I’m not sure what to make of Ethan Gutmann’s latest book, The Slaughter: Mass Killings, Organ Harvesting, and China’s Secret Solution to Its Dissident Problem. His first book, Losing the New China: A Story of American Commerce, Desire and Betrayal (2004) was offputting to this old China hand who could pick numerous holes in the poor scholarship. Indeed, it seemed that he was more interested in scolding China rather than giving a balanced assessment of American business there.
Ten years on and Gutmann’s approach has not changed. Although The Slaughter deals with serious allegations about human rights violations – that the Chinese government is harvesting organs from prisoners before and after death – it is a disappointing investigation.
Despite his credentials as a foreign policy expert who has provided briefings to the Central Intelligence Agency and other US security agencies, and as an investigative journalist writing for The Wall Street Journal amongst other publications, Gutmann’s book is a poor journalism and scholarship.
A key weakness of The Slaughter is that Gutmann relies on the testimony of just a handful of Falun Gong refugees who, he says, “had experienced something inexplicable in a medical setting.” He speculates that what they had experienced was an examination to determine whether their organs were sufficiently healthy for sale on the world black market for human organs. Gutmann’s excuse for the thin field of eyewitnesses is that few Falun Gong members have been able to escape captivity to tell their tales outside China.
Although Gutmann also interviewed some 100 other witnesses – such as Nijat Abdureyimu, a Uyghur policeman who served in a special squad involved in organ harvesting – they also fail to bolster his case. They relate to occurrences in the late 1990s and early 2000s. Little evidence is provided that organ harvesting is still taking place in 2015 – apart from the Falun Gong refugees who were subjected to an “inexplicable” medical examination while in prison.
Another weakness of The Slaughter is that it provides a lengthy, detailed and unnecessary history of the Falun Gong. It leaves the reader asking where is this going and why. And although it raises a critical question about why the Chinese Government has so ruthlessly persecuted the Falun Gong it fails to deliver an answer to the question. This is disappointing because the answer is simple; it does not require a PhD in Chinese history or politics.
Anyone who has spent time in China, should be able to give an answer. It goes to the Chinese Government’s fear of mass movements inspired by millenarian religious cults. China’s historical experience of such cults drives the government’s fear of underground movements. Consider the White Lotus Society rebellion from 1794 to 1804; hundreds of thousands died and the Qing dynasty was fatally weakened. Consider the Taiping rebellion from 1850 to 1864; it left 20 million people dead. Consider the Boxer (Militia United in Righteousness) rebellion from 1899 to 1901; a hundred thousand people died and the government dissolved into chaos.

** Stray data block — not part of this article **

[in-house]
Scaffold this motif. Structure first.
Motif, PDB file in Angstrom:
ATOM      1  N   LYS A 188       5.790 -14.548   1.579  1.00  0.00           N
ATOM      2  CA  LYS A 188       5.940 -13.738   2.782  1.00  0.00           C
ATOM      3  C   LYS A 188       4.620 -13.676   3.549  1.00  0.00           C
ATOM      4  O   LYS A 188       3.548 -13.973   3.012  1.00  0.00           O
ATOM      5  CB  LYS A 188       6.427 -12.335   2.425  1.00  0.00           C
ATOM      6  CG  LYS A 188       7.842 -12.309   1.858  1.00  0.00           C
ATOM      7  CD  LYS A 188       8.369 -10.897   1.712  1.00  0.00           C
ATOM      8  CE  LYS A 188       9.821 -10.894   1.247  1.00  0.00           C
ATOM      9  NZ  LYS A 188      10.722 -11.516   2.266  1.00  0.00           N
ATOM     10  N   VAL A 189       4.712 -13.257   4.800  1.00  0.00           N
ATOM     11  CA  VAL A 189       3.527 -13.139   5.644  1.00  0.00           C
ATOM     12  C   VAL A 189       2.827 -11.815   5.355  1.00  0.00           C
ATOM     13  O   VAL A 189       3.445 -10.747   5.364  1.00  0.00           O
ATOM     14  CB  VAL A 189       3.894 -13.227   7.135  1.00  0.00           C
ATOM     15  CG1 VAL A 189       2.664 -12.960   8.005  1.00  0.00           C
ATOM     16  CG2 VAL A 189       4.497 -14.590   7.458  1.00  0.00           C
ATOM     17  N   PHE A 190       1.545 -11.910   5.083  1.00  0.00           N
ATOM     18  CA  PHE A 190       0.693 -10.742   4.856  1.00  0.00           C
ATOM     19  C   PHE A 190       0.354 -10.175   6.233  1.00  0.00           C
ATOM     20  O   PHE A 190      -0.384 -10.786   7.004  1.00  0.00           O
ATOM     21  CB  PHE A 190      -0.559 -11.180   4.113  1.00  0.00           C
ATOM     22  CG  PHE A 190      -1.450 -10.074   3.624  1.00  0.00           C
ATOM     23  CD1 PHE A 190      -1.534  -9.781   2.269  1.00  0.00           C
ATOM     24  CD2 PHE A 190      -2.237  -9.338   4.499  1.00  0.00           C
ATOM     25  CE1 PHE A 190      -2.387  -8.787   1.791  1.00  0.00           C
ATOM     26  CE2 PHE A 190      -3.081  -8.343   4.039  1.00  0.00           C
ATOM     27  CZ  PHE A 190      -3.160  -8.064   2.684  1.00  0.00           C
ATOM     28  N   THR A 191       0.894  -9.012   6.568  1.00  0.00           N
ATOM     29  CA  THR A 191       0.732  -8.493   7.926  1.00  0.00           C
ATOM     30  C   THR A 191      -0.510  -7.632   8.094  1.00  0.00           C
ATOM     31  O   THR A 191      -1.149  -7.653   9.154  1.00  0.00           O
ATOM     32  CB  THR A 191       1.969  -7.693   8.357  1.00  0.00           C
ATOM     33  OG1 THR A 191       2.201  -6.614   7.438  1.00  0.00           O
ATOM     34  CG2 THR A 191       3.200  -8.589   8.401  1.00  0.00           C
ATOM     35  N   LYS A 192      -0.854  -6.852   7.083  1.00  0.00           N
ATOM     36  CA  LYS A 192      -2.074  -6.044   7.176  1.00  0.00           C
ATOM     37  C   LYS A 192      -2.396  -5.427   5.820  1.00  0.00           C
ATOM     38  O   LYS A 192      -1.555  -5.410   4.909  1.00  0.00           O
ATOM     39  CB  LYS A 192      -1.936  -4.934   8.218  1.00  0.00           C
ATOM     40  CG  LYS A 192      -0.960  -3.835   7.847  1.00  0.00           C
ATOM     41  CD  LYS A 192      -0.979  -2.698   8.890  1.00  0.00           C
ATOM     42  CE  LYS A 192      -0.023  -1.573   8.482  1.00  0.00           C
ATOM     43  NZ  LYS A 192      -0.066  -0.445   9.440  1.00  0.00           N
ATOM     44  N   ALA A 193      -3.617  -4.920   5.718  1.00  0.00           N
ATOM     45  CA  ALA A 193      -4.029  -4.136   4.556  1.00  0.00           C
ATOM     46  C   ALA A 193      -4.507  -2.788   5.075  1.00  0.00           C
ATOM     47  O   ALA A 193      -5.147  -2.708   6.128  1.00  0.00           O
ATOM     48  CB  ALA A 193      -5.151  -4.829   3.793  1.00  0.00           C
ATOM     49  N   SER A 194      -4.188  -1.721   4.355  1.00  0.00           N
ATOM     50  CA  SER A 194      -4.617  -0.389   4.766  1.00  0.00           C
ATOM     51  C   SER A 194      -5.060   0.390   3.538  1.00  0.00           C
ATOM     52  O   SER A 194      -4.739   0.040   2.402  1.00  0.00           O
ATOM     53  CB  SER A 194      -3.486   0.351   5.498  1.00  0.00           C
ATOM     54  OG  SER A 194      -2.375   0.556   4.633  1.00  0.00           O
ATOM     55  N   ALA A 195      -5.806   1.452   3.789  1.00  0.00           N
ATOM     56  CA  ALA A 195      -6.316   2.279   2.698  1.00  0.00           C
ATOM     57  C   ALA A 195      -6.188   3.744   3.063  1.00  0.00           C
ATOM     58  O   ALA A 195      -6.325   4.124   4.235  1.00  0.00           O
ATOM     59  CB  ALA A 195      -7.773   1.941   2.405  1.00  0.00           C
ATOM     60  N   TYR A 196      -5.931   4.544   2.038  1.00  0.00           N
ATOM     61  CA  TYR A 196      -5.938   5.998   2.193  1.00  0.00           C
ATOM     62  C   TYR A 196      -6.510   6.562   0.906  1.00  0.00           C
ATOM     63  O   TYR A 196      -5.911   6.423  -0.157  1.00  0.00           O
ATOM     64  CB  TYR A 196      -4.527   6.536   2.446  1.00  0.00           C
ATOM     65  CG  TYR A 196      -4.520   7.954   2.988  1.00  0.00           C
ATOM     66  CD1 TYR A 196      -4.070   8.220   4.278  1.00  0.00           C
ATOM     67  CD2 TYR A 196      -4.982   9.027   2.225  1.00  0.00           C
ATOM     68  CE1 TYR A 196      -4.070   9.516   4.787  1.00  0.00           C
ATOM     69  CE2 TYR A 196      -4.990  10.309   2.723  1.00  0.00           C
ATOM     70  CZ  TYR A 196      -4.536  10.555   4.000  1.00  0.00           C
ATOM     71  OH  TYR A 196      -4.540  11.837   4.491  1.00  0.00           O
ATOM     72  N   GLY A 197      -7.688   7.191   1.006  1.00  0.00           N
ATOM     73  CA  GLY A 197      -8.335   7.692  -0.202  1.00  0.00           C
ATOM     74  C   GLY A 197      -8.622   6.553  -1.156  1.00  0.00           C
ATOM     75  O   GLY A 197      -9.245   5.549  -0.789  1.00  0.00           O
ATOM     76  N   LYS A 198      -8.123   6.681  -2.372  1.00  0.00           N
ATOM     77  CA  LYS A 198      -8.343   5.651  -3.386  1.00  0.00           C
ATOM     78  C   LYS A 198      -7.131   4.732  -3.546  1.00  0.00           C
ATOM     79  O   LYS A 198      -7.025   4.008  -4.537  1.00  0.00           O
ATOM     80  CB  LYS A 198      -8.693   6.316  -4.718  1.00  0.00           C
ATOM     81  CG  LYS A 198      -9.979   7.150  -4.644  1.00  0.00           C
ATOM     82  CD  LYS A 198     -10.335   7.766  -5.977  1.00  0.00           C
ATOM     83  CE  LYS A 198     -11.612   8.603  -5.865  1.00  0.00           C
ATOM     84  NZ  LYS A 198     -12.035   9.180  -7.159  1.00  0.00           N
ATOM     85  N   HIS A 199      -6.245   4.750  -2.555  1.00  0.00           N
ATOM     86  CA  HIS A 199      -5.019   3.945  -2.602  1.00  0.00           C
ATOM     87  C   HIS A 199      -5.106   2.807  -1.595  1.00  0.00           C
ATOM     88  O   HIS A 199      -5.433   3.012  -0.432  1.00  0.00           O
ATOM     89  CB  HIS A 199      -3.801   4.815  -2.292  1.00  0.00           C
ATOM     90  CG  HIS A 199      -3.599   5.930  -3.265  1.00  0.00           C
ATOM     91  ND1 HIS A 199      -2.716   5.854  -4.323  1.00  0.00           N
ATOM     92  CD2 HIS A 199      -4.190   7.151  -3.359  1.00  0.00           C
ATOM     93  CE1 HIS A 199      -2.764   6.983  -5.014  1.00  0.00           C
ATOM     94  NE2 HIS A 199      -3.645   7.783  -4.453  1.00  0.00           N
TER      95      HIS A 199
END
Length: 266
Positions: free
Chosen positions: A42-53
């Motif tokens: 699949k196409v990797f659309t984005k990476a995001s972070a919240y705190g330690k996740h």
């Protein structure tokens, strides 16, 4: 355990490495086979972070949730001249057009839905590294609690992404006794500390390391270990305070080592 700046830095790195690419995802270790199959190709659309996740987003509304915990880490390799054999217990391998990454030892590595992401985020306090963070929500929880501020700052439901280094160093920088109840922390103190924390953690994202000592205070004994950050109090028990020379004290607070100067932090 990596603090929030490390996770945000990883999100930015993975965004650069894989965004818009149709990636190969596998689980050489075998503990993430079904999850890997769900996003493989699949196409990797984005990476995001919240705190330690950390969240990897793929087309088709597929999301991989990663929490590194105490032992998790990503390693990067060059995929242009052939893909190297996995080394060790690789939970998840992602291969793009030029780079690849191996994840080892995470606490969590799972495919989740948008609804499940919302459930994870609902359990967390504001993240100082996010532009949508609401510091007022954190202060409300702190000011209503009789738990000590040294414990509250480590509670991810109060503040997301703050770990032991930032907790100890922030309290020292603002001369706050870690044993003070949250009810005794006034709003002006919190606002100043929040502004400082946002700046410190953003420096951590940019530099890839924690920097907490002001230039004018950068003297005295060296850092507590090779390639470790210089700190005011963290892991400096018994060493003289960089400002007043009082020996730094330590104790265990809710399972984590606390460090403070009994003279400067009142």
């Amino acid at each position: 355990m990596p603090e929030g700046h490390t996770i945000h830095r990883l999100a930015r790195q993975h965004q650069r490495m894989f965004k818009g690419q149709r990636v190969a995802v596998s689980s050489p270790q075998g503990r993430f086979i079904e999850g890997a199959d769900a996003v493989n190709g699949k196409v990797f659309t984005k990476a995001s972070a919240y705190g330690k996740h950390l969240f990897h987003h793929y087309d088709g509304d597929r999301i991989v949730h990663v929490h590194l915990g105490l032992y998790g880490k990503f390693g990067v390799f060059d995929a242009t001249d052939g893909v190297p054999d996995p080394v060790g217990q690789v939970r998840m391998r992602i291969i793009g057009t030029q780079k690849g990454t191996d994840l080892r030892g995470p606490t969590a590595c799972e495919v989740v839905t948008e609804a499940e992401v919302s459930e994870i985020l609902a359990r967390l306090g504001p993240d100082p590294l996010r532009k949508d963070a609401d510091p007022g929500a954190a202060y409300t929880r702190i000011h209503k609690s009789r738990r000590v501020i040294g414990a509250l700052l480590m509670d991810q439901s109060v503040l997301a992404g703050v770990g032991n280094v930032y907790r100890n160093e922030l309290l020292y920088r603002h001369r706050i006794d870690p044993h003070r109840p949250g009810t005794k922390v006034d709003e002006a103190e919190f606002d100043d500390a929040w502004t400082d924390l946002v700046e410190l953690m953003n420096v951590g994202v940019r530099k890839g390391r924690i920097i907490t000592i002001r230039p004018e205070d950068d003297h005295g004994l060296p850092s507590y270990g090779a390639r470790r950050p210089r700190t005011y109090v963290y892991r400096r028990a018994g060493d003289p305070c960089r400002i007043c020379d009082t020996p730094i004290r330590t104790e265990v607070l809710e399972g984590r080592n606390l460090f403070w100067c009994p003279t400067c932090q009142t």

This historical experience makes the Communist Government highly suspicious of all religious movements outside its control, such as the underground Catholic Church, the Protestant house church movement, and Falun Gong. Of these, Falun Gong represents the biggest threat because of the speed with which it arose and the fact that it attracted Communist Party members to its ranks. Gutmann didn’t need to explain this, but having raised the question he could have done so in less than a chapter of the book.
The Slaughter is not an easy read. The subject matter aside (political suppression, torture, mass killings and organ harvesting), Gutmann’s ponderous style and the copious details mean The Slaughter reads like a university textbook.
However, the worst aspect of the book is its failure to deliver conclusive evidence that human organ harvesting continues in China today. Even the Gunther von Hagens’ ghoulish art show of plastinated cadavers – many of which are said to be the bodies of executed Falun Gong members – is dated. Gutmann even delves into the depths of conspiracy theory to link von Hagens to ousted Chinese political leader Bo Xilai and the initial crackdown on Falun Gong. To this old China hand it sounds very far-fetched.
Unfortunately The Slaughter sheds little light on Beijing’s current treatment of political and religious dissent. The book lacks sufficient evidence to support Gutmann’s claim that the Chinese Government continues to murder and harvest the organs of dissenters. In the Scottish legal system, a jury can give three verdicts: not guilty, guilty and not proven. On the basis of the case mounted here, I must acquit the defendant with a “not proven” verdict.
The reader can find similar allegations in the Falun Gong’s international publication The Epoch Times, which is referenced on occasion by Gutmann, without question. At least its articles are shorter and better written.
Alistair Nicholas is a public affairs professional who works with Australia’s federal and state governments.